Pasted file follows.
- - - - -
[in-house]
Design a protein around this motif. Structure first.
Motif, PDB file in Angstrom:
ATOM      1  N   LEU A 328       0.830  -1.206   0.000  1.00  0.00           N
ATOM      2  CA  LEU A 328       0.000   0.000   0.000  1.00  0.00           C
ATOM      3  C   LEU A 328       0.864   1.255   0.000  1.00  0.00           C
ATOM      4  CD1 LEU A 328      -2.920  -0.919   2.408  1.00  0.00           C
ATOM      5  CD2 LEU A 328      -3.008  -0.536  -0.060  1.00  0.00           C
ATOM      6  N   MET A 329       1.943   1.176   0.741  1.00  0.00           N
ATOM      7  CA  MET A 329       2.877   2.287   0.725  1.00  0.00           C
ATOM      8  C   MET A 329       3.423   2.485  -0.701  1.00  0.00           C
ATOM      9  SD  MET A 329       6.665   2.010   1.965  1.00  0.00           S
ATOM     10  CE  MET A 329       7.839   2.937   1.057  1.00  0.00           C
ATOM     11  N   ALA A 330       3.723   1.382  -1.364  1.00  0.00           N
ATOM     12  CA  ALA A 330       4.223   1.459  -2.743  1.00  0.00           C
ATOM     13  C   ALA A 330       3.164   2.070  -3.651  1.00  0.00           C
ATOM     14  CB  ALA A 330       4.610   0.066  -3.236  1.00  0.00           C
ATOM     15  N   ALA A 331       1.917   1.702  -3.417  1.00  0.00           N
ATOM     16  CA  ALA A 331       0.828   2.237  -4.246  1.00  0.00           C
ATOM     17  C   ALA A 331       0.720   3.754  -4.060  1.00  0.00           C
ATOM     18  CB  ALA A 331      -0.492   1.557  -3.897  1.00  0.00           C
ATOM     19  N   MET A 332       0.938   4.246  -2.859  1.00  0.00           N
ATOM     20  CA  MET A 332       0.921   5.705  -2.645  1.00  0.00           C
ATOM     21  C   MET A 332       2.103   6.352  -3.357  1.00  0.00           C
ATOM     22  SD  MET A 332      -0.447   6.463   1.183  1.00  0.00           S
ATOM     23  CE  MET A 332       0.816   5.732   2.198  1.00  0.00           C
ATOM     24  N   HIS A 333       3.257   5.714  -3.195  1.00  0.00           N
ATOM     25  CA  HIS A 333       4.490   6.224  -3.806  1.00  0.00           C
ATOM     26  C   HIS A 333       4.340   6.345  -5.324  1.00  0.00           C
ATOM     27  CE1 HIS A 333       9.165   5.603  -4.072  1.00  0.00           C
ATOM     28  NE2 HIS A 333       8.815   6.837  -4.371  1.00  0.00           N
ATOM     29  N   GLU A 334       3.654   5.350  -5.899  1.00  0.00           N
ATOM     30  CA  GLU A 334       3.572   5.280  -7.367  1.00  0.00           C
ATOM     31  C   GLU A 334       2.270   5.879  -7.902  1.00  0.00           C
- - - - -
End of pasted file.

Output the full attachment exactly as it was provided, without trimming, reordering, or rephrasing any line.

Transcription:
[in-house]
Design a protein around this motif. Structure first.
Motif, PDB file in Angstrom:
ATOM      1  N   LEU A 328       0.830  -1.206   0.000  1.00  0.00           N
ATOM      2  CA  LEU A 328       0.000   0.000   0.000  1.00  0.00           C
ATOM      3  C   LEU A 328       0.864   1.255   0.000  1.00  0.00           C
ATOM      4  CD1 LEU A 328      -2.920  -0.919   2.408  1.00  0.00           C
ATOM      5  CD2 LEU A 328      -3.008  -0.536  -0.060  1.00  0.00           C
ATOM      6  N   MET A 329       1.943   1.176   0.741  1.00  0.00           N
ATOM      7  CA  MET A 329       2.877   2.287   0.725  1.00  0.00           C
ATOM      8  C   MET A 329       3.423   2.485  -0.701  1.00  0.00           C
ATOM      9  SD  MET A 329       6.665   2.010   1.965  1.00  0.00           S
ATOM     10  CE  MET A 329       7.839   2.937   1.057  1.00  0.00           C
ATOM     11  N   ALA A 330       3.723   1.382  -1.364  1.00  0.00           N
ATOM     12  CA  ALA A 330       4.223   1.459  -2.743  1.00  0.00           C
ATOM     13  C   ALA A 330       3.164   2.070  -3.651  1.00  0.00           C
ATOM     14  CB  ALA A 330       4.610   0.066  -3.236  1.00  0.00           C
ATOM     15  N   ALA A 331       1.917   1.702  -3.417  1.00  0.00           N
ATOM     16  CA  ALA A 331       0.828   2.237  -4.246  1.00  0.00           C
ATOM     17  C   ALA A 331       0.720   3.754  -4.060  1.00  0.00           C
ATOM     18  CB  ALA A 331      -0.492   1.557  -3.897  1.00  0.00           C
ATOM     19  N   MET A 332       0.938   4.246  -2.859  1.00  0.00           N
ATOM     20  CA  MET A 332       0.921   5.705  -2.645  1.00  0.00           C
ATOM     21  C   MET A 332       2.103   6.352  -3.357  1.00  0.00           C
ATOM     22  SD  MET A 332      -0.447   6.463   1.183  1.00  0.00           S
ATOM     23  CE  MET A 332       0.816   5.732   2.198  1.00  0.00           C
ATOM     24  N   HIS A 333       3.257   5.714  -3.195  1.00  0.00           N
ATOM     25  CA  HIS A 333       4.490   6.224  -3.806  1.00  0.00           C
ATOM     26  C   HIS A 333       4.340   6.345  -5.324  1.00  0.00           C
ATOM     27  CE1 HIS A 333       9.165   5.603  -4.072  1.00  0.00           C
ATOM     28  NE2 HIS A 333       8.815   6.837  -4.371  1.00  0.00           N
ATOM     29  N   GLU A 334       3.654   5.350  -5.899  1.00  0.00           N
ATOM     30  CA  GLU A 334       3.572   5.280  -7.367  1.00  0.00           C
ATOM     31  C   GLU A 334       2.270   5.879  -7.902  1.00  0.00           C